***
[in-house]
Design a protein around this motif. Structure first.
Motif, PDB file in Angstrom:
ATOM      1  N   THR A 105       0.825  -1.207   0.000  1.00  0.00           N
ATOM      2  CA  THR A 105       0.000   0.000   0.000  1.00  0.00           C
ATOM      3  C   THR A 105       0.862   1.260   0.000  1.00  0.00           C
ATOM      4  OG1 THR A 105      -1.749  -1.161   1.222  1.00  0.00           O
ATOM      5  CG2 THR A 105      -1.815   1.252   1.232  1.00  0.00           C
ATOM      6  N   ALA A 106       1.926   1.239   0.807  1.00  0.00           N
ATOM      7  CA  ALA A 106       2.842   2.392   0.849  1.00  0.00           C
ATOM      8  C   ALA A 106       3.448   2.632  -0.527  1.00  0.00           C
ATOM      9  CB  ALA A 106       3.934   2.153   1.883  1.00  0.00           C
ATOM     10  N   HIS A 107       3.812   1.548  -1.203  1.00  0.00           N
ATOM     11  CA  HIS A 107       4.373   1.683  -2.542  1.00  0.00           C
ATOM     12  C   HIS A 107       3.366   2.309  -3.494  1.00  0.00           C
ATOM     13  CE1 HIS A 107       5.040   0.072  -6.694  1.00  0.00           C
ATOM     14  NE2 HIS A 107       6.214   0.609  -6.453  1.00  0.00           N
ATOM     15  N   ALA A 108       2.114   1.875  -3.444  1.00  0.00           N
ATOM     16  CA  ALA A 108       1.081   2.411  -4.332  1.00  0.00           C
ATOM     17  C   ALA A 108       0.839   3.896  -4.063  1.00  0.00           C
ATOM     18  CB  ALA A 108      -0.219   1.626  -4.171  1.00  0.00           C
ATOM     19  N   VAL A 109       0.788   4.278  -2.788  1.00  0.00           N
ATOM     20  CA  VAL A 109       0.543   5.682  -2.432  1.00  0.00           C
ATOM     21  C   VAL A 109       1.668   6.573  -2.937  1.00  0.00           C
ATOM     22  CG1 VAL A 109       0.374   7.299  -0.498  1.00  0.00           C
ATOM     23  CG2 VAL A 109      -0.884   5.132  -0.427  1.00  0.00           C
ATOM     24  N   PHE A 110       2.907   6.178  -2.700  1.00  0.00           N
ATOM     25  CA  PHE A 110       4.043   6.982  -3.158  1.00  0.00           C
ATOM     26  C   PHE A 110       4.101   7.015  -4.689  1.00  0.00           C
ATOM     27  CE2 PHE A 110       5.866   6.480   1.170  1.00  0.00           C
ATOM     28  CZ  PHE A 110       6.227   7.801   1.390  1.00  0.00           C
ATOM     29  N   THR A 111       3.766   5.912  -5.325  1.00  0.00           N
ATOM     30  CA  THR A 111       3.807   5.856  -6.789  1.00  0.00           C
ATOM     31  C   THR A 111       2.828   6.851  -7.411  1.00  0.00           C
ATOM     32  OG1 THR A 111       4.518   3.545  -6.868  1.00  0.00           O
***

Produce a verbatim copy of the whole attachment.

[in-house]
Design a protein around this motif. Structure first.
Motif, PDB file in Angstrom:
ATOM      1  N   THR A 105       0.825  -1.207   0.000  1.00  0.00           N
ATOM      2  CA  THR A 105       0.000   0.000   0.000  1.00  0.00           C
ATOM      3  C   THR A 105       0.862   1.260   0.000  1.00  0.00           C
ATOM      4  OG1 THR A 105      -1.749  -1.161   1.222  1.00  0.00           O
ATOM      5  CG2 THR A 105      -1.815   1.252   1.232  1.00  0.00           C
ATOM      6  N   ALA A 106       1.926   1.239   0.807  1.00  0.00           N
ATOM      7  CA  ALA A 106       2.842   2.392   0.849  1.00  0.00           C
ATOM      8  C   ALA A 106       3.448   2.632  -0.527  1.00  0.00           C
ATOM      9  CB  ALA A 106       3.934   2.153   1.883  1.00  0.00           C
ATOM     10  N   HIS A 107       3.812   1.548  -1.203  1.00  0.00           N
ATOM     11  CA  HIS A 107       4.373   1.683  -2.542  1.00  0.00           C
ATOM     12  C   HIS A 107       3.366   2.309  -3.494  1.00  0.00           C
ATOM     13  CE1 HIS A 107       5.040   0.072  -6.694  1.00  0.00           C
ATOM     14  NE2 HIS A 107       6.214   0.609  -6.453  1.00  0.00           N
ATOM     15  N   ALA A 108       2.114   1.875  -3.444  1.00  0.00           N
ATOM     16  CA  ALA A 108       1.081   2.411  -4.332  1.00  0.00           C
ATOM     17  C   ALA A 108       0.839   3.896  -4.063  1.00  0.00           C
ATOM     18  CB  ALA A 108      -0.219   1.626  -4.171  1.00  0.00           C
ATOM     19  N   VAL A 109       0.788   4.278  -2.788  1.00  0.00           N
ATOM     20  CA  VAL A 109       0.543   5.682  -2.432  1.00  0.00           C
ATOM     21  C   VAL A 109       1.668   6.573  -2.937  1.00  0.00           C
ATOM     22  CG1 VAL A 109       0.374   7.299  -0.498  1.00  0.00           C
ATOM     23  CG2 VAL A 109      -0.884   5.132  -0.427  1.00  0.00           C
ATOM     24  N   PHE A 110       2.907   6.178  -2.700  1.00  0.00           N
ATOM     25  CA  PHE A 110       4.043   6.982  -3.158  1.00  0.00           C
ATOM     26  C   PHE A 110       4.101   7.015  -4.689  1.00  0.00           C
ATOM     27  CE2 PHE A 110       5.866   6.480   1.170  1.00  0.00           C
ATOM     28  CZ  PHE A 110       6.227   7.801   1.390  1.00  0.00           C
ATOM     29  N   THR A 111       3.766   5.912  -5.325  1.00  0.00           N
ATOM     30  CA  THR A 111       3.807   5.856  -6.789  1.00  0.00           C
ATOM     31  C   THR A 111       2.828   6.851  -7.411  1.00  0.00           C
ATOM     32  OG1 THR A 111       4.518   3.545  -6.868  1.00  0.00           O